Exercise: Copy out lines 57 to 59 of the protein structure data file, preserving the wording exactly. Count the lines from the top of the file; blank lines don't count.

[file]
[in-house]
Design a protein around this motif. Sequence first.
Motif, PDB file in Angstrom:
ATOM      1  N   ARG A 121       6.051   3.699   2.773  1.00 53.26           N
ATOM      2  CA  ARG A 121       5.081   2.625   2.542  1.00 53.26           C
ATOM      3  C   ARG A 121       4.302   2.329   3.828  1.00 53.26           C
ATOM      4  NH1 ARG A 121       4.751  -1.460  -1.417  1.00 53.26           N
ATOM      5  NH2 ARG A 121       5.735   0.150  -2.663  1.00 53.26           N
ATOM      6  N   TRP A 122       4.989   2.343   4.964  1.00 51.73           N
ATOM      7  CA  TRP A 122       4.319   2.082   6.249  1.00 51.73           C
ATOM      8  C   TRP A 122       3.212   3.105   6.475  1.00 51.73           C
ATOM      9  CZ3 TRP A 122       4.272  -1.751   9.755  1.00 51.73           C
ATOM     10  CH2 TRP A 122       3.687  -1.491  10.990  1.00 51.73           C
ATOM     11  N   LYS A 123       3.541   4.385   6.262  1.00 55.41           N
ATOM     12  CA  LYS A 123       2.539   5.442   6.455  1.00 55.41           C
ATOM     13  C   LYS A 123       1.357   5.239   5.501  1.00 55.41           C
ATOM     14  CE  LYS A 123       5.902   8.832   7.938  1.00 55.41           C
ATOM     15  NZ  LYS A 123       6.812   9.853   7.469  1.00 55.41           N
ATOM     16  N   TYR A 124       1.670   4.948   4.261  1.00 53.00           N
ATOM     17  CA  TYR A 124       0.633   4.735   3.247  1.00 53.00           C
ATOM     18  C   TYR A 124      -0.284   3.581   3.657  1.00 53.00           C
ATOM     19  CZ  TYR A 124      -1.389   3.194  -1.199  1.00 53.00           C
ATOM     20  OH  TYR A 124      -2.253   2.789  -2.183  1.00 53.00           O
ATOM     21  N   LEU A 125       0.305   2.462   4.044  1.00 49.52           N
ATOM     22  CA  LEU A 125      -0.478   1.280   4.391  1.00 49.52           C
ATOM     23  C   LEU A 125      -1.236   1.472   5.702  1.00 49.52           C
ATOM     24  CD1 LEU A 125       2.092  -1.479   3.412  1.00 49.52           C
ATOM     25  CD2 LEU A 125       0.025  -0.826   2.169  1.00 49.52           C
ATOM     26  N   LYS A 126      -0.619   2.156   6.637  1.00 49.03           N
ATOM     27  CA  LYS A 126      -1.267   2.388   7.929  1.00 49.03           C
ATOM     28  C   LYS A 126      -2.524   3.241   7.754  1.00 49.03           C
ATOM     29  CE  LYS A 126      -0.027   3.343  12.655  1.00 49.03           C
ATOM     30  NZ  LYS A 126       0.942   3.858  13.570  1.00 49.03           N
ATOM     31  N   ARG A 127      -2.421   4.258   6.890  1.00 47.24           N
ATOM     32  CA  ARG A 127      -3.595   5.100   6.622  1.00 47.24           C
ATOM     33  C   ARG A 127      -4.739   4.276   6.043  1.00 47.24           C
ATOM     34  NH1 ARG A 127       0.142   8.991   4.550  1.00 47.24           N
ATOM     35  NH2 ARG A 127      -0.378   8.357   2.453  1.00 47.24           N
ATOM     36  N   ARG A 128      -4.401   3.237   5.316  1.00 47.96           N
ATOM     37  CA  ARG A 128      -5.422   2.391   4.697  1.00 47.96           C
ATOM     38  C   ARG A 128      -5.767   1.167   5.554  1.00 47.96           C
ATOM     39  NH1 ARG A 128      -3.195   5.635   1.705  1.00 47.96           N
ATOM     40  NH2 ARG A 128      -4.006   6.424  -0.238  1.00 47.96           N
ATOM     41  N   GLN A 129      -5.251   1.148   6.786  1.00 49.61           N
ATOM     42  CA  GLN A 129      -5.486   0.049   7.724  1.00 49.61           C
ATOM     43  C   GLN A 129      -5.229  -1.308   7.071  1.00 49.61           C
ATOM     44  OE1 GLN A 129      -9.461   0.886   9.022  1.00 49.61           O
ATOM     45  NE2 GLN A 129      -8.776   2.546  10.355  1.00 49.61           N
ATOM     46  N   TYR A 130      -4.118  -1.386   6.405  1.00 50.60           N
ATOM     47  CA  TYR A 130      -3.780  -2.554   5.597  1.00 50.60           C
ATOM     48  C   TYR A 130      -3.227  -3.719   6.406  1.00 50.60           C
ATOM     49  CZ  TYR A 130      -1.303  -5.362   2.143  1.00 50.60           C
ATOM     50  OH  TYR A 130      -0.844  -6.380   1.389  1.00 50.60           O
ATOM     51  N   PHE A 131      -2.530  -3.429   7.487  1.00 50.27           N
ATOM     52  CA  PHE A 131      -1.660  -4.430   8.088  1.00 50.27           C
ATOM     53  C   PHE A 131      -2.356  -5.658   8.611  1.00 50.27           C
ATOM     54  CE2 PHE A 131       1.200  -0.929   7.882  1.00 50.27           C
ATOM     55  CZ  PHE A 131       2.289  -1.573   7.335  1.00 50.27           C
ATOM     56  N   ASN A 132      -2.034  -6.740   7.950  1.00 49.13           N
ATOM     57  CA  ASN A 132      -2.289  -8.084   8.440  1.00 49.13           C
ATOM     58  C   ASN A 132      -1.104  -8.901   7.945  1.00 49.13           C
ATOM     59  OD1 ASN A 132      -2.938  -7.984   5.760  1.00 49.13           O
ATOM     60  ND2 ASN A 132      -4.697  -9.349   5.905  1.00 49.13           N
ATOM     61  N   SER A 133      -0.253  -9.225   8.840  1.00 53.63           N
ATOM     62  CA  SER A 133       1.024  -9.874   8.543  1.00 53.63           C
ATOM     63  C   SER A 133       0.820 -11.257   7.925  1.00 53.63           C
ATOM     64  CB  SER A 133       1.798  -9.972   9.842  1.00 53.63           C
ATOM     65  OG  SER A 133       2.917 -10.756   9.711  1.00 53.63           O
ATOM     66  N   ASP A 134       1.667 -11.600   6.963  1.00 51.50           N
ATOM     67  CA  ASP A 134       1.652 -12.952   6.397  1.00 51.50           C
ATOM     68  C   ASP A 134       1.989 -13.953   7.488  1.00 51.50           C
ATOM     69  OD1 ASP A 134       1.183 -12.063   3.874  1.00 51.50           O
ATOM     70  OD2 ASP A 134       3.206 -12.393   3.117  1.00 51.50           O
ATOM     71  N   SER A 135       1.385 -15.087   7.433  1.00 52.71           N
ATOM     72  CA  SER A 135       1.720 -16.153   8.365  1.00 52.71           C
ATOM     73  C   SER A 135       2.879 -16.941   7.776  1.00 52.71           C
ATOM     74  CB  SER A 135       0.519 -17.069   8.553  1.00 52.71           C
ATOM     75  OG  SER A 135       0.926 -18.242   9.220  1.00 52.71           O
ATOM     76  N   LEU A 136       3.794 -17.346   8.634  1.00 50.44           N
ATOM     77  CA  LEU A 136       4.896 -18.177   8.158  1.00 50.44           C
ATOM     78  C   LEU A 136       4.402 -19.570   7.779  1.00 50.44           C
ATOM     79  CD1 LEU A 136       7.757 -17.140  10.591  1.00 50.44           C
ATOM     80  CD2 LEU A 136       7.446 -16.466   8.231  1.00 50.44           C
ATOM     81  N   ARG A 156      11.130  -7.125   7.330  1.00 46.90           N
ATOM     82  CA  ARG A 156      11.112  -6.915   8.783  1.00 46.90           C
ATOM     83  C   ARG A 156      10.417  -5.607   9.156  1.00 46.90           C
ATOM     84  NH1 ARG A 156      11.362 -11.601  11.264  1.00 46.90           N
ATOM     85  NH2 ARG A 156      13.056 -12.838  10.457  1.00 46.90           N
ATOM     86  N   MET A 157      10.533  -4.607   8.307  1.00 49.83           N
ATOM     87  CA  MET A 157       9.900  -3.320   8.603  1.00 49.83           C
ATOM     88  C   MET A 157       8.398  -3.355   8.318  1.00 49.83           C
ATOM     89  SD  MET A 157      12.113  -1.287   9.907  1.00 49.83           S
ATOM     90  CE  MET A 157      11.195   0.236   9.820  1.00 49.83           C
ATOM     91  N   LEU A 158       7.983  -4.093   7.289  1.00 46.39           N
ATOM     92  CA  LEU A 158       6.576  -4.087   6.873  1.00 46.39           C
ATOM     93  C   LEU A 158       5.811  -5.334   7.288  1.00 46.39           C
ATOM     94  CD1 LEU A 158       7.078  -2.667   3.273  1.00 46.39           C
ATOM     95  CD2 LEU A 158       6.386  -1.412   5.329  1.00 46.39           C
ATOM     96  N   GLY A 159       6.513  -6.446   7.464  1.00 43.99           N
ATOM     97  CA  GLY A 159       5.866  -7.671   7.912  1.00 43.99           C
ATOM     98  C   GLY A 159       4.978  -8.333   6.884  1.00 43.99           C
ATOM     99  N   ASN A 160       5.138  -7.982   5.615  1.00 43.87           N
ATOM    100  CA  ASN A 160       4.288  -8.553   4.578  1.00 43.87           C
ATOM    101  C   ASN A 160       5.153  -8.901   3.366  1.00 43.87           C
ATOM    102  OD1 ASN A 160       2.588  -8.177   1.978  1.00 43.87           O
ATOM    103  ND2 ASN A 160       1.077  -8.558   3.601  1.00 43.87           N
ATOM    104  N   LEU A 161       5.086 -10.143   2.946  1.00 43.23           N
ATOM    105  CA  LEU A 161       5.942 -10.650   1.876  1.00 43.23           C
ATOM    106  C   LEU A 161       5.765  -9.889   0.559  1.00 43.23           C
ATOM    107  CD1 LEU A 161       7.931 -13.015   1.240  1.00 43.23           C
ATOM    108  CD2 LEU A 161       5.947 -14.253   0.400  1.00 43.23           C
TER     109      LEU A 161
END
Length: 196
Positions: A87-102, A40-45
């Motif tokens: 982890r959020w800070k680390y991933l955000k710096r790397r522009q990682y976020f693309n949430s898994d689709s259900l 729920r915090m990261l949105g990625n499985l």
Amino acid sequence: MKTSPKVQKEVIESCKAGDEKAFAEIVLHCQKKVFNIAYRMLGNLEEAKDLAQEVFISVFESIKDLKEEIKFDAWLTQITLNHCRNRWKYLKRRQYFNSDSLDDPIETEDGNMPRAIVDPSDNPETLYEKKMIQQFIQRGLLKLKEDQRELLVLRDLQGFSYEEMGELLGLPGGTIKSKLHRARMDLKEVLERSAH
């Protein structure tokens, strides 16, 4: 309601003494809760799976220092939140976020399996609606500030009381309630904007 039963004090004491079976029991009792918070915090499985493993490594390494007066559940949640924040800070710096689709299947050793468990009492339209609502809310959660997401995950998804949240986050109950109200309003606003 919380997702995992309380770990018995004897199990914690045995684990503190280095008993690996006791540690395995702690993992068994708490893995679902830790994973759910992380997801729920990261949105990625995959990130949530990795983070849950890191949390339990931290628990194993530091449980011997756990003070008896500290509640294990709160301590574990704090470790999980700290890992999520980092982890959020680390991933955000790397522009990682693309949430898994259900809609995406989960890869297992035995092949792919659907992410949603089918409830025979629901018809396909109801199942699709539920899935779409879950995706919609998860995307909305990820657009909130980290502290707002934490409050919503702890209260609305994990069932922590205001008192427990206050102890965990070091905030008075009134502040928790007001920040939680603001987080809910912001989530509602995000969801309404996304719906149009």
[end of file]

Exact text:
ATOM     54  CE2 PHE A 131       1.200  -0.929   7.882  1.00 50.27           C
ATOM     55  CZ  PHE A 131       2.289  -1.573   7.335  1.00 50.27           C
ATOM     56  N   ASN A 132      -2.034  -6.740   7.950  1.00 49.13           N